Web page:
Gänseliesel statue in the inner city


Because there’s so many students in Göttingen there’s a young vibe in the city. There’s a lot to do on your spear time, you can go to the movies, do a bar round, eat in one of the many restaurants or cafës, go to a concert or just relax in the Cheltenhampark. People are mostly friendly and helpful and many people on the streets and stores speak or at least understand English. That makes shopping or navigating through the city that much easier if your German skills are rusty like I had in the beginning. Still there were times when mimicking what you need was the way to go.

I had some hardship with the language in the beginning and that made studying also a bit hard. Still through time I German came back to me.  It was an amazing experience to get to know other cultures. I got to learn about German culture and habits through my friends on free time and I also learned a lot about Chinese culture and people in my German course. I had the opportunity also to tell them about Finland and the Finnish way of life.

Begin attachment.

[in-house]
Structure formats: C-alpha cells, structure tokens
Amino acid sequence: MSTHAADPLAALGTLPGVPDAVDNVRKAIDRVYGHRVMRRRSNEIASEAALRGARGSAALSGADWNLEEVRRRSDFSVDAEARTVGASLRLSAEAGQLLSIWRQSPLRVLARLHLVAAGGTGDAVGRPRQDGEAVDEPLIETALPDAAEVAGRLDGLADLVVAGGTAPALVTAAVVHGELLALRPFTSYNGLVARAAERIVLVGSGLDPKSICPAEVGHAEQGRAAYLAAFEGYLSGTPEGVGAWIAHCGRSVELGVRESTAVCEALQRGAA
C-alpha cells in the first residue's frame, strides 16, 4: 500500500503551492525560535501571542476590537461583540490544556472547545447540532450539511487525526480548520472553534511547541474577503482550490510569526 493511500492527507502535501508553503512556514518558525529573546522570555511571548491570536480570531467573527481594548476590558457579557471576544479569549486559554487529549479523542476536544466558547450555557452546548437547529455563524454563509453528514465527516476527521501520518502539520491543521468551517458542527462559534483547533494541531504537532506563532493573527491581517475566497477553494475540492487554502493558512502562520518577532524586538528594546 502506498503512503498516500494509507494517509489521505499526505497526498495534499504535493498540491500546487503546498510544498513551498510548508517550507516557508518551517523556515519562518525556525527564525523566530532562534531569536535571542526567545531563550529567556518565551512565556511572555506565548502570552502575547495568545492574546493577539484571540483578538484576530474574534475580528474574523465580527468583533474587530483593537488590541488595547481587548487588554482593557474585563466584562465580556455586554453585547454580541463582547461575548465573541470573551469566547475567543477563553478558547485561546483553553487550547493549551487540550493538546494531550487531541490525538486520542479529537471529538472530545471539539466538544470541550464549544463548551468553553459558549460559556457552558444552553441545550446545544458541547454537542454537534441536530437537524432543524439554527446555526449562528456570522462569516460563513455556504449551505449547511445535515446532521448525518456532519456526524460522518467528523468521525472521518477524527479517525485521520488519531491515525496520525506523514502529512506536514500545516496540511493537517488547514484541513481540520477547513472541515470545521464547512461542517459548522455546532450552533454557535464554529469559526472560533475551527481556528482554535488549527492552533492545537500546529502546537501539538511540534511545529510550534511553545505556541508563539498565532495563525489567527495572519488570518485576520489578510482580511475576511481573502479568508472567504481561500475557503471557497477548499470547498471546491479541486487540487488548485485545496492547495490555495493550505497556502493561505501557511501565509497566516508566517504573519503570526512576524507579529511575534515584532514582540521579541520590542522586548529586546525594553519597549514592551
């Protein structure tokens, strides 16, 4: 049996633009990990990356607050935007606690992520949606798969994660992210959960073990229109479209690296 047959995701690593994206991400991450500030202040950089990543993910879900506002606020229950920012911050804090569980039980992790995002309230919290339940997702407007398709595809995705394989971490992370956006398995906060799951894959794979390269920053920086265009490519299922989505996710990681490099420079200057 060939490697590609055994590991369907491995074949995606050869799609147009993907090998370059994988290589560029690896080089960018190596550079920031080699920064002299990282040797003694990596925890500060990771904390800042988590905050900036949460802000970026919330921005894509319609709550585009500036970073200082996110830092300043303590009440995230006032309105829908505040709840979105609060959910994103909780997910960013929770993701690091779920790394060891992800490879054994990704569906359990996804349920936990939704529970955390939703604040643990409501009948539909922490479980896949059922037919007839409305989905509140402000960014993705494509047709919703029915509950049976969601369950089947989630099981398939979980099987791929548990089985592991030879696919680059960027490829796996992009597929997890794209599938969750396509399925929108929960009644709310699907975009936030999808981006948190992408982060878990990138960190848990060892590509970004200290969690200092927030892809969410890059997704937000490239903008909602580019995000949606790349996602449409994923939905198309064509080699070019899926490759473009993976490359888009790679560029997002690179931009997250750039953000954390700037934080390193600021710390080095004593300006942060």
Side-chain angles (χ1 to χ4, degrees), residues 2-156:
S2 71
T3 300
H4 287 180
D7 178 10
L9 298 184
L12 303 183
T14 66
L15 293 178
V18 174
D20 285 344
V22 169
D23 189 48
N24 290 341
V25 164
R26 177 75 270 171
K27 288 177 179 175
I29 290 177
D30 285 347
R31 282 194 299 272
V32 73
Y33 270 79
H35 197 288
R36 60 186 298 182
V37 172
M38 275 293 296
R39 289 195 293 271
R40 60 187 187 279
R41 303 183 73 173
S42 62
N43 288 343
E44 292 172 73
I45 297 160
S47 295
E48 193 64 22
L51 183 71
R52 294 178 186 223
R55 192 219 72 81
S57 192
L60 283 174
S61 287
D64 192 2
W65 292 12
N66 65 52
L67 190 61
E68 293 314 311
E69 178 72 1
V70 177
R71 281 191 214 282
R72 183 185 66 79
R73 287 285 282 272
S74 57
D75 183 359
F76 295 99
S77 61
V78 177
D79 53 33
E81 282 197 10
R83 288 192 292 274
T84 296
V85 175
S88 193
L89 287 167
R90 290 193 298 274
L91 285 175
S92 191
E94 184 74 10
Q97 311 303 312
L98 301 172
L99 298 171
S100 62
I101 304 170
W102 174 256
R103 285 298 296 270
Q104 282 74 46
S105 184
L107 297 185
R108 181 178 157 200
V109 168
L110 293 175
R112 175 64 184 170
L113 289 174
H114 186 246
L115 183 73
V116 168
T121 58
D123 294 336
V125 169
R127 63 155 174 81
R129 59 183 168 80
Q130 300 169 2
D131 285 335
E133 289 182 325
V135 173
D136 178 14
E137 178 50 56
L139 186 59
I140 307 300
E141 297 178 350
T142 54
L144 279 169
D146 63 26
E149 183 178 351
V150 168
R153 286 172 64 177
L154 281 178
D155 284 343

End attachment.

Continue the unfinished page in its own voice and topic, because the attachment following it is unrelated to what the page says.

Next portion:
All in all Göttingen is a lovely little city with a long history. I wish to return here as soon as possible. I grew to love this city where people are open, streets are like mazes and education is valued.


Mit herzlichen Grüßen


Exchange in Zwolle, the Netherlands


Zwolle from above
Zwolle from above

A little bit more than half of a year has already passed since I’ve came back from my study exchange in Zwolle, but memories are still alive. Even though, frankly speaking, I did not like Windesheim University of Applied Sciences for certain reasons I’ve described in the exchange report, Zwolle itself still made a better impression on me.